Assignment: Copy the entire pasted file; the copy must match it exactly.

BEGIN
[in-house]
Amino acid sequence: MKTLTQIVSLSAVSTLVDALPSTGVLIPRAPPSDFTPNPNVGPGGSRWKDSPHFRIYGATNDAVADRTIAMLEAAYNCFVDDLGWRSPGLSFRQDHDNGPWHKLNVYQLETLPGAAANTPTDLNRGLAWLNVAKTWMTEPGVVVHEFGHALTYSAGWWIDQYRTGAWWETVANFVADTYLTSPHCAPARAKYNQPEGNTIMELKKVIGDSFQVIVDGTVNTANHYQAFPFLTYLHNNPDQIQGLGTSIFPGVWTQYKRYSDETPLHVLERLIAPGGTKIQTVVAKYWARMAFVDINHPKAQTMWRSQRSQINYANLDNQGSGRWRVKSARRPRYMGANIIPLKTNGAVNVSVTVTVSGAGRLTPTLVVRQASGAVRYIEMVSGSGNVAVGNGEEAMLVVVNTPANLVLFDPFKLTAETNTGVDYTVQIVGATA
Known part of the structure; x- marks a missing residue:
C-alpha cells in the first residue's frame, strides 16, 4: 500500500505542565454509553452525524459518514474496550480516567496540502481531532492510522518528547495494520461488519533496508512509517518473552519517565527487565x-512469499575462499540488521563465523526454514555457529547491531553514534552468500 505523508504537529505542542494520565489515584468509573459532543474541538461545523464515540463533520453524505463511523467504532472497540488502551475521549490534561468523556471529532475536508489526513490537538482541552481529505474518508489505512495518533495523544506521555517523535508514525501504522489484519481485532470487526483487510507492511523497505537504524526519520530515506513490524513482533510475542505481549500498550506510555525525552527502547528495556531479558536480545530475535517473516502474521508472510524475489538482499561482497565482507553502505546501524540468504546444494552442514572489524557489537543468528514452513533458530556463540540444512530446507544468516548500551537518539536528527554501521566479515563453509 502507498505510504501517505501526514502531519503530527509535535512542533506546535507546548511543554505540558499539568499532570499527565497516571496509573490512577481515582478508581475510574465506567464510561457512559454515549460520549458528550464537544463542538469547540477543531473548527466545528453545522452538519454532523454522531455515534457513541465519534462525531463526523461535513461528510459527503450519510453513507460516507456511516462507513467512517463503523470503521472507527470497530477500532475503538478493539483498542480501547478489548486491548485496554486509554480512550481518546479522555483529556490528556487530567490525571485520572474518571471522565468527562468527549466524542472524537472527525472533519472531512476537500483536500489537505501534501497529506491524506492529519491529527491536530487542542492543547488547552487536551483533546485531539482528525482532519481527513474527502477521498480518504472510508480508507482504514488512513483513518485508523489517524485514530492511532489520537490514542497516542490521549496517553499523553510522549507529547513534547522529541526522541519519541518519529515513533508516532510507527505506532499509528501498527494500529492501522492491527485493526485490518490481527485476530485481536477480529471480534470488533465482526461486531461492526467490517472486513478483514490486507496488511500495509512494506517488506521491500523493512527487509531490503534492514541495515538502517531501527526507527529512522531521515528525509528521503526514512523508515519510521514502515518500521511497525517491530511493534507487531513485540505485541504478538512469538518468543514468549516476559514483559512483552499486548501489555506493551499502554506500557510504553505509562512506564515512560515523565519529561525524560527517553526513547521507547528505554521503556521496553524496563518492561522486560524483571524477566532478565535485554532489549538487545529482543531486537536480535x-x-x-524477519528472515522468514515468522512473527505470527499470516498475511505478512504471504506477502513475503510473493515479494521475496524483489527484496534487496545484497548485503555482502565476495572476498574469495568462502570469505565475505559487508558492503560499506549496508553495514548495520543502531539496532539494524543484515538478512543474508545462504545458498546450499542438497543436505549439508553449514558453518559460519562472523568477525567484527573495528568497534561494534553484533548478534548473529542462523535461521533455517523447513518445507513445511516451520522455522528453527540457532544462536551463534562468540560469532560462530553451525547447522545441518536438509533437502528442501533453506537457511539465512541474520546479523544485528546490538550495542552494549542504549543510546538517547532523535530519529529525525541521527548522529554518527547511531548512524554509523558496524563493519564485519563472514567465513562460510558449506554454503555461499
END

[in-house]
Amino acid sequence: MKTLTQIVSLSAVSTLVDALPSTGVLIPRAPPSDFTPNPNVGPGGSRWKDSPHFRIYGATNDAVADRTIAMLEAAYNCFVDDLGWRSPGLSFRQDHDNGPWHKLNVYQLETLPGAAANTPTDLNRGLAWLNVAKTWMTEPGVVVHEFGHALTYSAGWWIDQYRTGAWWETVANFVADTYLTSPHCAPARAKYNQPEGNTIMELKKVIGDSFQVIVDGTVNTANHYQAFPFLTYLHNNPDQIQGLGTSIFPGVWTQYKRYSDETPLHVLERLIAPGGTKIQTVVAKYWARMAFVDINHPKAQTMWRSQRSQINYANLDNQGSGRWRVKSARRPRYMGANIIPLKTNGAVNVSVTVTVSGAGRLTPTLVVRQASGAVRYIEMVSGSGNVAVGNGEEAMLVVVNTPANLVLFDPFKLTAETNTGVDYTVQIVGATA
Known part of the structure; x- marks a missing residue:
C-alpha cells in the first residue's frame, strides 16, 4: 500500500505542565454509553452525524459518514474496550480516567496540502481531532492510522518528547495494520461488519533496508512509517518473552519517565527487565x-512469499575462499540488521563465523526454514555457529547491531553514534552468500 505523508504537529505542542494520565489515584468509573459532543474541538461545523464515540463533520453524505463511523467504532472497540488502551475521549490534561468523556471529532475536508489526513490537538482541552481529505474518508489505512495518533495523544506521555517523535508514525501504522489484519481485532470487526483487510507492511523497505537504524526519520530515506513490524513482533510475542505481549500498550506510555525525552527502547528495556531479558536480545530475535517473516502474521508472510524475489538482499561482497565482507553502505546501524540468504546444494552442514572489524557489537543468528514452513533458530556463540540444512530446507544468516548500551537518539536528527554501521566479515563453509 502507498505510504501517505501526514502531519503530527509535535512542533506546535507546548511543554505540558499539568499532570499527565497516571496509573490512577481515582478508581475510574465506567464510561457512559454515549460520549458528550464537544463542538469547540477543531473548527466545528453545522452538519454532523454522531455515534457513541465519534462525531463526523461535513461528510459527503450519510453513507460516507456511516462507513467512517463503523470503521472507527470497530477500532475503538478493539483498542480501547478489548486491548485496554486509554480512550481518546479522555483529556490528556487530567490525571485520572474518571471522565468527562468527549466524542472524537472527525472533519472531512476537500483536500489537505501534501497529506491524506492529519491529527491536530487542542492543547488547552487536551483533546485531539482528525482532519481527513474527502477521498480518504472510508480508507482504514488512513483513518485508523489517524485514530492511532489520537490514542497516542490521549496517553499523553510522549507529547513534547522529541526522541519519541518519529515513533508516532510507527505506532499509528501498527494500529492501522492491527485493526485490518490481527485476530485481536477480529471480534470488533465482526461486531461492526467490517472486513478483514490486507496488511500495509512494506517488506521491500523493512527487509531490503534492514541495515538502517531501527526507527529512522531521515528525509528521503526514512523508515519510521514502515518500521511497525517491530511493534507487531513485540505485541504478538512469538518468543514468549516476559514483559512483552499486548501489555506493551499502554506500557510504553505509562512506564515512560515523565519529561525524560527517553526513547521507547528505554521503556521496553524496563518492561522486560524483571524477566532478565535485554532489549538487545529482543531486537536480535x-x-x-524477519528472515522468514515468522512473527505470527499470516498475511505478512504471504506477502513475503510473493515479494521475496524483489527484496534487496545484497548485503555482502565476495572476498574469495568462502570469505565475505559487508558492503560499506549496508553495514548495520543502531539496532539494524543484515538478512543474508545462504545458498546450499542438497543436505549439508553449514558453518559460519562472523568477525567484527573495528568497534561494534553484533548478534548473529542462523535461521533455517523447513518445507513445511516451520522455522528453527540457532544462536551463534562468540560469532560462530553451525547447522545441518536438509533437502528442501533453506537457511539465512541474520546479523544485528546490538550495542552494549542504549543510546538517547532523535530519529529525525541521527548522529554518527547511531548512524554509523558496524563493519564485519563472514567465513562460510558449506554454503555461499